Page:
Health and Wellness: Including good fats in your meals

Ann Cochran - Dallas County Health Department

Yes, there is such a thing as good fat. We need some fat in our daily food intake, which according to the American Heart Association, provides energy, supports cell growth, protects organs and helps regulate body temperature. The website www.heart.org/en/healthy-living/healthy-eating/eat-smart/fats/dietary-fats includes infographics and videos on liquid oils, solid fats and the often-hidden trans fats so common in baked goods. Trans fat is liquid oil transformed into solid during processing.

The four types of fats are saturated, trans, monounsaturated and polyunsaturated. Avoid saturated and trans fats, which are generally solid at room temperature (shortening is an example.) These unhealthy fats are found in meat, milk products and palm and coconut oils.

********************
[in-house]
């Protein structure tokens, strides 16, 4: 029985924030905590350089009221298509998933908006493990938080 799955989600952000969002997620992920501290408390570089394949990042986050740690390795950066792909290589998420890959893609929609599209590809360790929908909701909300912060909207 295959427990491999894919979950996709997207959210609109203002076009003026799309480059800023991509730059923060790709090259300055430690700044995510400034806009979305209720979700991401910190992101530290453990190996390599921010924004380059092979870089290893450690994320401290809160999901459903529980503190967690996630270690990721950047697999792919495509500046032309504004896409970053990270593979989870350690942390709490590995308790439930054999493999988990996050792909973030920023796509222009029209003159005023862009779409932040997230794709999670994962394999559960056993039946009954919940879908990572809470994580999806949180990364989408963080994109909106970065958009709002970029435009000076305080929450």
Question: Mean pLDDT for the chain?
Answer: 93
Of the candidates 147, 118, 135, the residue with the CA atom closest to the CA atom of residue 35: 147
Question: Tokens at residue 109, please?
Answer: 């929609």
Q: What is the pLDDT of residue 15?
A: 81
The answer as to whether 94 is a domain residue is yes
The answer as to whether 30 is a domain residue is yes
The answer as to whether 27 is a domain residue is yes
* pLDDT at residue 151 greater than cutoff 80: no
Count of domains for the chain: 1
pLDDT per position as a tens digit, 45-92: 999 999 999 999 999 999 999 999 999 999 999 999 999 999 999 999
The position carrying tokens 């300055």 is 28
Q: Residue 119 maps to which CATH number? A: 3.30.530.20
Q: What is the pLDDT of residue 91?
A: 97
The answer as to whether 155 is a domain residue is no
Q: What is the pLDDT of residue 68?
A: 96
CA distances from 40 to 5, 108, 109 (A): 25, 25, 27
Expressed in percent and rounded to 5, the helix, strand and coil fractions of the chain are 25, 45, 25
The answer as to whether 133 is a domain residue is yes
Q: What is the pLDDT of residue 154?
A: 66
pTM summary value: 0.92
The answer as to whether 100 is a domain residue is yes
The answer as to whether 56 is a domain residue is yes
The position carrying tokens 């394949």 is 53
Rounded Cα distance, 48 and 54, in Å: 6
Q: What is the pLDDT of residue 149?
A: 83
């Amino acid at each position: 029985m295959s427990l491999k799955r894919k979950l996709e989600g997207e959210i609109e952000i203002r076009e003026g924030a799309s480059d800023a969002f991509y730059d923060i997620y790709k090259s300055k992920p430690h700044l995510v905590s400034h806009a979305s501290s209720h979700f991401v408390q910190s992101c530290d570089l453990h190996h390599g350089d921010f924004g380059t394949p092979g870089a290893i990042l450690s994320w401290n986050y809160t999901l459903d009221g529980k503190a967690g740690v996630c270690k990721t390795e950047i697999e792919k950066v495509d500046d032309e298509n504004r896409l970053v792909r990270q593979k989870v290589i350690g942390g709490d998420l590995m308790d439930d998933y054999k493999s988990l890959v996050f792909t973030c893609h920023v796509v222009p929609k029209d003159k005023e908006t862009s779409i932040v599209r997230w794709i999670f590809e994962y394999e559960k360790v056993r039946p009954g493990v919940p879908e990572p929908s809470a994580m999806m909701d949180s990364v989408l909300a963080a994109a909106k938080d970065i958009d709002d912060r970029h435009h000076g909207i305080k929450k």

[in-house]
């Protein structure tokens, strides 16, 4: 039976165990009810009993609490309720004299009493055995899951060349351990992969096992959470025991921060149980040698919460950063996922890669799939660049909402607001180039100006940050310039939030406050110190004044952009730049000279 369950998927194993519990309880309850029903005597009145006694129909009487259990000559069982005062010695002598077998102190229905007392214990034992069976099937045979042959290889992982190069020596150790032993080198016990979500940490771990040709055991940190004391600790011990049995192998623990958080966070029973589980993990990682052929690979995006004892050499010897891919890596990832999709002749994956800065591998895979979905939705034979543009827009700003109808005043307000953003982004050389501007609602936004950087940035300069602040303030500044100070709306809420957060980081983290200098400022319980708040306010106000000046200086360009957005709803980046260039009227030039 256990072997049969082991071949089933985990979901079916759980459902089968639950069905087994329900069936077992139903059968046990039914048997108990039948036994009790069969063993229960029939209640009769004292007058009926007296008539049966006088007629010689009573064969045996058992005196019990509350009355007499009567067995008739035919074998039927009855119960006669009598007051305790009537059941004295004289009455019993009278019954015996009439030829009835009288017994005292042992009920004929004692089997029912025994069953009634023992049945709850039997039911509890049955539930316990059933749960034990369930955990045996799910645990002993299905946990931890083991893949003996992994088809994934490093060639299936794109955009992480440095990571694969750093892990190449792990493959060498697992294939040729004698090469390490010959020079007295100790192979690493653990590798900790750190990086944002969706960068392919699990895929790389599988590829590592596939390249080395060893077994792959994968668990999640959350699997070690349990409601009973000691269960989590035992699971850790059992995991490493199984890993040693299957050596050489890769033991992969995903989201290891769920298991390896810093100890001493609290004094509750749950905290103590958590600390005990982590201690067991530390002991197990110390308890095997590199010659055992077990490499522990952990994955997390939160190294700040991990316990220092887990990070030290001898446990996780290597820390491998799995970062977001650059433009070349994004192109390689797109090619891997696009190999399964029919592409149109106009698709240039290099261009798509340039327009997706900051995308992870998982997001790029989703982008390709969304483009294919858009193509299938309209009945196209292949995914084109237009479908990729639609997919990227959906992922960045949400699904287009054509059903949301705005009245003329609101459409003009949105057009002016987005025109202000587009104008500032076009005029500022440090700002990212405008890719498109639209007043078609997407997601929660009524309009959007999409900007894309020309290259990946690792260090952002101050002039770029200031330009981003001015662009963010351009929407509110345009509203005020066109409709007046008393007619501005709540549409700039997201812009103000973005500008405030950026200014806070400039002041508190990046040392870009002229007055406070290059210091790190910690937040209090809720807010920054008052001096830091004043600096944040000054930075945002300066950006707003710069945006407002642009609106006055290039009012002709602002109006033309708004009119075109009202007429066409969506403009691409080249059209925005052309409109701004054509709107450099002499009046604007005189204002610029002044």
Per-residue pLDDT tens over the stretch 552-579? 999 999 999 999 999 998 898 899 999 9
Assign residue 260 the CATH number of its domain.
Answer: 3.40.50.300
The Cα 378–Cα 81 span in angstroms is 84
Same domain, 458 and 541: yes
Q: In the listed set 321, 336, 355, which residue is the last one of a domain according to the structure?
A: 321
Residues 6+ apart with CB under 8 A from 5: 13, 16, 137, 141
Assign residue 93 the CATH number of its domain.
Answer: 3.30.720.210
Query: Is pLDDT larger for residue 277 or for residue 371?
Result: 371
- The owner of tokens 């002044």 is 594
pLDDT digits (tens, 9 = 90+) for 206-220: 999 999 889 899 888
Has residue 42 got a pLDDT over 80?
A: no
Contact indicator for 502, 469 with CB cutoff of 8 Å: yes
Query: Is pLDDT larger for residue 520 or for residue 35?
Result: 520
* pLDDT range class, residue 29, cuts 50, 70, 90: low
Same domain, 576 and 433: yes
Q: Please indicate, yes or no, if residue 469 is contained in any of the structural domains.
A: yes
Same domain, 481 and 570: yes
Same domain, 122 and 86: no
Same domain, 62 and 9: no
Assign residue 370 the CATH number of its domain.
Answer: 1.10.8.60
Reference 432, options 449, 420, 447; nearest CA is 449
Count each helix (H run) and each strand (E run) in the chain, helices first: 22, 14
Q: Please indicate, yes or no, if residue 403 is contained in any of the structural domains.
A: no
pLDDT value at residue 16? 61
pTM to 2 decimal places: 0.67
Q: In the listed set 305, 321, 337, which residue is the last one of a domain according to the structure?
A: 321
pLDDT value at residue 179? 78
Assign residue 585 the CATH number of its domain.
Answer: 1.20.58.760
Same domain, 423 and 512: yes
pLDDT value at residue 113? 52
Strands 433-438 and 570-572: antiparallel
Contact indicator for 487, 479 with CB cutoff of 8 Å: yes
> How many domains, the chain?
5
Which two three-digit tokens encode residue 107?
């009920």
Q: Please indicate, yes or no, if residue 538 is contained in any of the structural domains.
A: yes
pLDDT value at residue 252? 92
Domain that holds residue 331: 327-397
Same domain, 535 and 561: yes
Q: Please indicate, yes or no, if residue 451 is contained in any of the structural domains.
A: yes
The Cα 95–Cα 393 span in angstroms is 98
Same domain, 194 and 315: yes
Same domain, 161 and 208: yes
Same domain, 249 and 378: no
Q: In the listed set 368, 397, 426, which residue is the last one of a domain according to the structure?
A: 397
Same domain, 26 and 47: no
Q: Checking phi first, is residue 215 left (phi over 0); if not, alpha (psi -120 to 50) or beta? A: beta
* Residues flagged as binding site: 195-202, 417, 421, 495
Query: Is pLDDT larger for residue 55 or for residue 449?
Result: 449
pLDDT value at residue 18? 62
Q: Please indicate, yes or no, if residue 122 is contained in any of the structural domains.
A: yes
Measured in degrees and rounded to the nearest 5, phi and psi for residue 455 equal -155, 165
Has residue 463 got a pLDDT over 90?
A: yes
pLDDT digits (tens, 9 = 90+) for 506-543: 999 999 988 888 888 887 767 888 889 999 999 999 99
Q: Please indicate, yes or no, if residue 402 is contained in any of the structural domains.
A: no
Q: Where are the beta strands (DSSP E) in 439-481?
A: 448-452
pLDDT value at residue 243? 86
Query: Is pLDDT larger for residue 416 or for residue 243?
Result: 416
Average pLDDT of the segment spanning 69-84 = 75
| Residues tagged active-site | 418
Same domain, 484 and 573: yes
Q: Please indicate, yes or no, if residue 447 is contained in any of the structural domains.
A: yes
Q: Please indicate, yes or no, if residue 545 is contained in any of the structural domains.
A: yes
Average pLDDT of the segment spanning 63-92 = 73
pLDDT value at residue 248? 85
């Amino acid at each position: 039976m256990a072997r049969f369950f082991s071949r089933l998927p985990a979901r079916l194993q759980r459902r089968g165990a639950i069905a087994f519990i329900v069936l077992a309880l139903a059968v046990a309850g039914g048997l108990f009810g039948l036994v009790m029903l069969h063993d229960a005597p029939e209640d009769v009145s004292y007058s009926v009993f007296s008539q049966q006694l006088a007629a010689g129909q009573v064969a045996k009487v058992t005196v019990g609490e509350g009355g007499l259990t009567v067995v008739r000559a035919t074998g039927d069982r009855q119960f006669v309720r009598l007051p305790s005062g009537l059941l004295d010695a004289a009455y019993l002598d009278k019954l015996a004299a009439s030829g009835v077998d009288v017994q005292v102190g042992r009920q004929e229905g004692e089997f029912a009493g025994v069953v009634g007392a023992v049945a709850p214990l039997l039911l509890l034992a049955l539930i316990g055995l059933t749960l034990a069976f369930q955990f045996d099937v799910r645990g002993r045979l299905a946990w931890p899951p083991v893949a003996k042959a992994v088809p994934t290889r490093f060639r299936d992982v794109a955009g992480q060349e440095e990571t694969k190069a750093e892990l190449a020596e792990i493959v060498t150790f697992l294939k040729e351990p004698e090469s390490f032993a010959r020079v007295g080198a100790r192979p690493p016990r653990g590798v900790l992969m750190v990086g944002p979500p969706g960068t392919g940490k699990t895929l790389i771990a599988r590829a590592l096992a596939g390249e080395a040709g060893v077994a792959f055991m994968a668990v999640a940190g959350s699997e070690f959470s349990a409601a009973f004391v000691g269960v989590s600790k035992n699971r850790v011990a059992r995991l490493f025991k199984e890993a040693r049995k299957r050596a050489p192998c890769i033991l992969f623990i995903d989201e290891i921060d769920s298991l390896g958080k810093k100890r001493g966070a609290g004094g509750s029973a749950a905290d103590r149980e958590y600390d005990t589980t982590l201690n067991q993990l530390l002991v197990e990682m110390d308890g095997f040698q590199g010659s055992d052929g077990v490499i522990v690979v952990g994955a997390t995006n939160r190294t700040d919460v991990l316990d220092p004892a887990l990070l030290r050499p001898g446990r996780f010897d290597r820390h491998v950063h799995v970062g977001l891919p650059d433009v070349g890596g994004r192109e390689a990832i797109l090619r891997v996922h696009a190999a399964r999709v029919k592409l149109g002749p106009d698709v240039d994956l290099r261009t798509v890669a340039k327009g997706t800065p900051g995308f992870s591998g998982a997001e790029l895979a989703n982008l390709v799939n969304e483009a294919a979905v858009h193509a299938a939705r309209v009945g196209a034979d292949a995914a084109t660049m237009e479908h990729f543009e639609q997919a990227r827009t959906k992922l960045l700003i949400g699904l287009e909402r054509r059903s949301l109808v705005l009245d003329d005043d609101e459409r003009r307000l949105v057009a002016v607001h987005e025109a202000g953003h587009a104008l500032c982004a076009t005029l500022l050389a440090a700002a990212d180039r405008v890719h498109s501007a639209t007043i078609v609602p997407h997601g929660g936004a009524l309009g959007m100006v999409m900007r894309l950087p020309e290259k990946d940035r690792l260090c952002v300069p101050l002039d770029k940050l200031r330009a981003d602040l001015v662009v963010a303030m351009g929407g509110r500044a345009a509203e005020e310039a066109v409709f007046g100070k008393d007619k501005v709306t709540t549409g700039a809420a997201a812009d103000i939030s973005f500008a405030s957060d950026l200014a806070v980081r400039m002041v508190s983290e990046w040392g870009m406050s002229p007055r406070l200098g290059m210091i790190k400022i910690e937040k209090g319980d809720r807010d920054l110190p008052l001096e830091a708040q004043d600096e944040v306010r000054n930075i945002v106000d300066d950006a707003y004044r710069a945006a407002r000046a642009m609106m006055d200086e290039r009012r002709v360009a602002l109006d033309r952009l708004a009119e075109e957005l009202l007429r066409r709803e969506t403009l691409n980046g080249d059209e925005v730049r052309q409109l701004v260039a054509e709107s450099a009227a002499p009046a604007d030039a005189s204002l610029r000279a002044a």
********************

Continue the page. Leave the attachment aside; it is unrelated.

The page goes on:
Better choices are mono and poly-unsaturated fats, that are usually liquid at room temperature, such as vegetable oil. A comparison of cooking oils, including which have healthier properties was recently featured in the Seasons magazine published by Hy-Vee. You may view the information at https://a9effd958e0dc59aaf3b-80520a33cc33a15351bd958c9b8ecc55.ssl.cf2.rackcdn.com/Seasons_Jan2021_Web.pdf

Choosing a polyunsaturated or monounsaturated oil does not mean it’s okay to use unlimited amounts. For good health it is important to use less of all types of fats and oils. Always check with your doctor when making significant changes in your diet.